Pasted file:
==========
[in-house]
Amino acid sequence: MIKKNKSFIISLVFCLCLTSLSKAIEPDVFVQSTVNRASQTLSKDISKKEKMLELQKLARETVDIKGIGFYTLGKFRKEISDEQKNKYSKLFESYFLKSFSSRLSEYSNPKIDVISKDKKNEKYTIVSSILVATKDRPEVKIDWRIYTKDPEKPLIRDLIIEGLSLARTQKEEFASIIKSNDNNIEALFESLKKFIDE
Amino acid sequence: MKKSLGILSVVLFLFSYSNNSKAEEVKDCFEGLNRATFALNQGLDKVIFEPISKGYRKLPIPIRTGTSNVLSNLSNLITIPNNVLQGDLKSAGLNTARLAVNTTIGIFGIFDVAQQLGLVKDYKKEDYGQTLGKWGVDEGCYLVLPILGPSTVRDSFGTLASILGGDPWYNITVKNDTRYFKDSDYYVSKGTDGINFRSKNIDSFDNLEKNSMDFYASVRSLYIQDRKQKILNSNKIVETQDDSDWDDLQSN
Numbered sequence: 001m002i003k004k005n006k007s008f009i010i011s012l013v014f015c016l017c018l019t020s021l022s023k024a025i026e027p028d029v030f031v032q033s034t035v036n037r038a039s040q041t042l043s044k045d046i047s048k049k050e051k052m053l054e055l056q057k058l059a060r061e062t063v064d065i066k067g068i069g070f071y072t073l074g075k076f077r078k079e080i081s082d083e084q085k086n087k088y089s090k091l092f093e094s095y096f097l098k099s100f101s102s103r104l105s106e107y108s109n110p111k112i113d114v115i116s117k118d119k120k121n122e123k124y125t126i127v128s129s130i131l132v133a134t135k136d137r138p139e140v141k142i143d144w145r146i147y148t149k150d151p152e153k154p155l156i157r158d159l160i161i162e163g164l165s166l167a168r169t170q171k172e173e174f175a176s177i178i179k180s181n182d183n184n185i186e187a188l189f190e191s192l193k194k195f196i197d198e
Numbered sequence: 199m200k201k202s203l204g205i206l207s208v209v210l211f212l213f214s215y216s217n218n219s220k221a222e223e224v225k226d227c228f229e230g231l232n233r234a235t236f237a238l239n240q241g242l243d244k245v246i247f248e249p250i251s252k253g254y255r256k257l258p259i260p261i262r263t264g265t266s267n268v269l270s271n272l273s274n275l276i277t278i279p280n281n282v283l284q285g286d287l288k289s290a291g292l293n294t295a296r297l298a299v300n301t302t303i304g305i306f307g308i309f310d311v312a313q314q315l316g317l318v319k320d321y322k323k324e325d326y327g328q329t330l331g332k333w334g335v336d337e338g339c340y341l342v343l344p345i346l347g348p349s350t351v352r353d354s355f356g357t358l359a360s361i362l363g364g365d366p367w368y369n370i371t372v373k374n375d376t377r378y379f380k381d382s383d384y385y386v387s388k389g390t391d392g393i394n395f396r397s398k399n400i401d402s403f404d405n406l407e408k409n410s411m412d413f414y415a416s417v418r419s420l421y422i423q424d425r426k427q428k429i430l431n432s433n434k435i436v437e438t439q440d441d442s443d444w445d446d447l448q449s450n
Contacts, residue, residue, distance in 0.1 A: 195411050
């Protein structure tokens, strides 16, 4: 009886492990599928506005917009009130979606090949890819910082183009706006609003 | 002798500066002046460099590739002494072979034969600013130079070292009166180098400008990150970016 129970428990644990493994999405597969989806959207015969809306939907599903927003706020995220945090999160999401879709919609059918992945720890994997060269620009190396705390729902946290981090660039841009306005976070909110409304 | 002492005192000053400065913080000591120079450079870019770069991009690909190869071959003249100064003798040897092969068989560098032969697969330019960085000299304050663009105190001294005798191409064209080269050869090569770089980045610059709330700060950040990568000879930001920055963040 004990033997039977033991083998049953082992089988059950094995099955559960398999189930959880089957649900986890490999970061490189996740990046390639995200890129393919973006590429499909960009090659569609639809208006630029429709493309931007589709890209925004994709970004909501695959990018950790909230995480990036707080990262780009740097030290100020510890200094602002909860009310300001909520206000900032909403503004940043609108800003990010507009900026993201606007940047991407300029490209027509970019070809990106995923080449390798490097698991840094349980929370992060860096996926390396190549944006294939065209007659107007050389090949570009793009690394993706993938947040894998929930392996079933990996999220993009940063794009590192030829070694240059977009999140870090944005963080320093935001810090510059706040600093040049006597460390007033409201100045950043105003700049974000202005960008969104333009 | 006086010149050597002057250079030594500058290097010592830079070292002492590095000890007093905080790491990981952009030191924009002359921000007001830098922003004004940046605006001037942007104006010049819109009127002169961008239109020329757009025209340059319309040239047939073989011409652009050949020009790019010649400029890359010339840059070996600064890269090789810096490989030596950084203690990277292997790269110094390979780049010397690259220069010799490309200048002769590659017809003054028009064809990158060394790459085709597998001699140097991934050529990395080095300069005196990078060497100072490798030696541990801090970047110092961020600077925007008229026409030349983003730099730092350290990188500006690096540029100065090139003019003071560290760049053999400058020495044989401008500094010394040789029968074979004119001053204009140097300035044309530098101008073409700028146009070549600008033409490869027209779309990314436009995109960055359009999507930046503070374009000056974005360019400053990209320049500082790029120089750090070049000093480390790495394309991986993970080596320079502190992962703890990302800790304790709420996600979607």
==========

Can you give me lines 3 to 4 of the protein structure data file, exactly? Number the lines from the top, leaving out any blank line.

Amino acid sequence: MKKSLGILSVVLFLFSYSNNSKAEEVKDCFEGLNRATFALNQGLDKVIFEPISKGYRKLPIPIRTGTSNVLSNLSNLITIPNNVLQGDLKSAGLNTARLAVNTTIGIFGIFDVAQQLGLVKDYKKEDYGQTLGKWGVDEGCYLVLPILGPSTVRDSFGTLASILGGDPWYNITVKNDTRYFKDSDYYVSKGTDGINFRSKNIDSFDNLEKNSMDFYASVRSLYIQDRKQKILNSNKIVETQDDSDWDDLQSN
Numbered sequence: 001m002i003k004k005n006k007s008f009i010i011s012l013v014f015c016l017c018l019t020s021l022s023k024a025i026e027p028d029v030f031v032q033s034t035v036n037r038a039s040q041t042l043s044k045d046i047s048k049k050e051k052m053l054e055l056q057k058l059a060r061e062t063v064d065i066k067g068i069g070f071y072t073l074g075k076f077r078k079e080i081s082d083e084q085k086n087k088y089s090k091l092f093e094s095y096f097l098k099s100f101s102s103r104l105s106e107y108s109n110p111k112i113d114v115i116s117k118d119k120k121n122e123k124y125t126i127v128s129s130i131l132v133a134t135k136d137r138p139e140v141k142i143d144w145r146i147y148t149k150d151p152e153k154p155l156i157r158d159l160i161i162e163g164l165s166l167a168r169t170q171k172e173e174f175a176s177i178i179k180s181n182d183n184n185i186e187a188l189f190e191s192l193k194k195f196i197d198e